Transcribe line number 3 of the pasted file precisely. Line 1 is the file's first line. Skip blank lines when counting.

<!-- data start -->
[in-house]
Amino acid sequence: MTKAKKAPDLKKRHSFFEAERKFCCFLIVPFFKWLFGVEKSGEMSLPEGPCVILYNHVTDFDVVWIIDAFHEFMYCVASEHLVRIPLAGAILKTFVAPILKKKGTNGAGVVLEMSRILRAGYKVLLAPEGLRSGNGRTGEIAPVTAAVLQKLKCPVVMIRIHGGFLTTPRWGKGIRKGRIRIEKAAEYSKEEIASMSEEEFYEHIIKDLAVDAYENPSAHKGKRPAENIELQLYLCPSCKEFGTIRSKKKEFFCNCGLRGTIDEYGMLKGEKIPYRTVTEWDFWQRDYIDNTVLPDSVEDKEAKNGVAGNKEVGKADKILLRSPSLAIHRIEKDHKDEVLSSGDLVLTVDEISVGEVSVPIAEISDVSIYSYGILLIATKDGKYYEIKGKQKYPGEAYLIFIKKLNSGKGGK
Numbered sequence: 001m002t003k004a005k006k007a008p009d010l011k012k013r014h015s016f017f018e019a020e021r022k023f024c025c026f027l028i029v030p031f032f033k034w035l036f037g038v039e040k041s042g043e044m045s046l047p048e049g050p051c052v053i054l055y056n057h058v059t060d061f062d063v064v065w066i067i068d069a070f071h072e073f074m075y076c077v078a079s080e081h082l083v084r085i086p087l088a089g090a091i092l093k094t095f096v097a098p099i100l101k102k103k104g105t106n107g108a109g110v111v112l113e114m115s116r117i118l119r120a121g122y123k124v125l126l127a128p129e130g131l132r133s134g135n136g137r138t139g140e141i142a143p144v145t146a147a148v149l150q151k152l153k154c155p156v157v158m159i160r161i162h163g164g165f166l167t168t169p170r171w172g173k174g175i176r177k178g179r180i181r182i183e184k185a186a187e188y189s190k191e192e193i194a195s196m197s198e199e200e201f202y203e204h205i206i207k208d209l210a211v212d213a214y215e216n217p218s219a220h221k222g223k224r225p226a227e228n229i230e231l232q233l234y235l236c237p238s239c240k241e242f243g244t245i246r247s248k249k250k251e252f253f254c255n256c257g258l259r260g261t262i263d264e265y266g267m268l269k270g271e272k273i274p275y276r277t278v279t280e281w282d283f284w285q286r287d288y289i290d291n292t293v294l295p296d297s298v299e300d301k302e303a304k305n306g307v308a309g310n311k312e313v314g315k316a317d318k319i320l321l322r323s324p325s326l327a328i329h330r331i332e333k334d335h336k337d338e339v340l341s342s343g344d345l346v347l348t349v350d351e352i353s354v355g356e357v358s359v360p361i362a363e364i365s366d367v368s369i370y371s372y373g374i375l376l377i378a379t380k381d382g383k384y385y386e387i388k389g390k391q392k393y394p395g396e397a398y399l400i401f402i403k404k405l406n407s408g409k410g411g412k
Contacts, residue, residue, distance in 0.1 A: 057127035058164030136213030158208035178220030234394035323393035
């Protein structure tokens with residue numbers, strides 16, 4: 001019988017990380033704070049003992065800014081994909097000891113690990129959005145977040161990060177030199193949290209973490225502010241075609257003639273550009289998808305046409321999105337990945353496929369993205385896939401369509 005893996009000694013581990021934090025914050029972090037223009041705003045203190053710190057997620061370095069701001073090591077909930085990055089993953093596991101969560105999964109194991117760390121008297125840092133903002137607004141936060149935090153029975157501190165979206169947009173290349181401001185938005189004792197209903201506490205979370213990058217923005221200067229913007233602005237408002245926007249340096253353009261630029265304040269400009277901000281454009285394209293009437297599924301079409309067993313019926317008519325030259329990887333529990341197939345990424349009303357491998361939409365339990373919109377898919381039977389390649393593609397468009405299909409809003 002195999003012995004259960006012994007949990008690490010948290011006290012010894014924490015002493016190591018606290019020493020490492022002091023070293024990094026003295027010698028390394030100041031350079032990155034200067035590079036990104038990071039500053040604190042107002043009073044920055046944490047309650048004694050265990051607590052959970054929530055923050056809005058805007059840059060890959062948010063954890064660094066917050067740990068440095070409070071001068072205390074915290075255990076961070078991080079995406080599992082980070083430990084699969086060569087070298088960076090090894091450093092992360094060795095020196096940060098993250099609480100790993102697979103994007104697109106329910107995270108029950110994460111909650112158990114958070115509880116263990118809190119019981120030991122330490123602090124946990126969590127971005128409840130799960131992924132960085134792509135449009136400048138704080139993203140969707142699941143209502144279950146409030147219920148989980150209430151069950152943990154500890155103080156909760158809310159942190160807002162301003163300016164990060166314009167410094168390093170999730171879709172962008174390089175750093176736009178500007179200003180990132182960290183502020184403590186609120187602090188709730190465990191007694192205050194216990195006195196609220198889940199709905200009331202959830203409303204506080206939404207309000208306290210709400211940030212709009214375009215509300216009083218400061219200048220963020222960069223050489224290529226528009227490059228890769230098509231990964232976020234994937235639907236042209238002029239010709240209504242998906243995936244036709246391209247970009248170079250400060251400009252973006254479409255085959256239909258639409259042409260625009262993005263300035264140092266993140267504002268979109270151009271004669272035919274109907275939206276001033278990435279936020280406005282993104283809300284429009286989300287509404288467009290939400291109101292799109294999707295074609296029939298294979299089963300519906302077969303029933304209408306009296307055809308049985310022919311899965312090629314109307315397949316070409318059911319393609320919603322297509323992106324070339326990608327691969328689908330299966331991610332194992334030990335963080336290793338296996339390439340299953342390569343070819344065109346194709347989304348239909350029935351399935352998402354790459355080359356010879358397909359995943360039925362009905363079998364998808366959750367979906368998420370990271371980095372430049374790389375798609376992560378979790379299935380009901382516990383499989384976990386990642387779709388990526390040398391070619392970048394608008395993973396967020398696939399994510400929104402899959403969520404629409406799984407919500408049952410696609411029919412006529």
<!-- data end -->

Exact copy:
Numbered sequence: 001m002t003k004a005k006k007a008p009d010l011k012k013r014h015s016f017f018e019a020e021r022k023f024c025c026f027l028i029v030p031f032f033k034w035l036f037g038v039e040k041s042g043e044m045s046l047p048e049g050p051c052v053i054l055y056n057h058v059t060d061f062d063v064v065w066i067i068d069a070f071h072e073f074m075y076c077v078a079s080e081h082l083v084r085i086p087l088a089g090a091i092l093k094t095f096v097a098p099i100l101k102k103k104g105t106n107g108a109g110v111v112l113e114m115s116r117i118l119r120a121g122y123k124v125l126l127a128p129e130g131l132r133s134g135n136g137r138t139g140e141i142a143p144v145t146a147a148v149l150q151k152l153k154c155p156v157v158m159i160r161i162h163g164g165f166l167t168t169p170r171w172g173k174g175i176r177k178g179r180i181r182i183e184k185a186a187e188y189s190k191e192e193i194a195s196m197s198e199e200e201f202y203e204h205i206i207k208d209l210a211v212d213a214y215e216n217p218s219a220h221k222g223k224r225p226a227e228n229i230e231l232q233l234y235l236c237p238s239c240k241e242f243g244t245i246r247s248k249k250k251e252f253f254c255n256c257g258l259r260g261t262i263d264e265y266g267m268l269k270g271e272k273i274p275y276r277t278v279t280e281w282d283f284w285q286r287d288y289i290d291n292t293v294l295p296d297s298v299e300d301k302e303a304k305n306g307v308a309g310n311k312e313v314g315k316a317d318k319i320l321l322r323s324p325s326l327a328i329h330r331i332e333k334d335h336k337d338e339v340l341s342s343g344d345l346v347l348t349v350d351e352i353s354v355g356e357v358s359v360p361i362a363e364i365s366d367v368s369i370y371s372y373g374i375l376l377i378a379t380k381d382g383k384y385y386e387i388k389g390k391q392k393y394p395g396e397a398y399l400i401f402i403k404k405l406n407s408g409k410g411g412k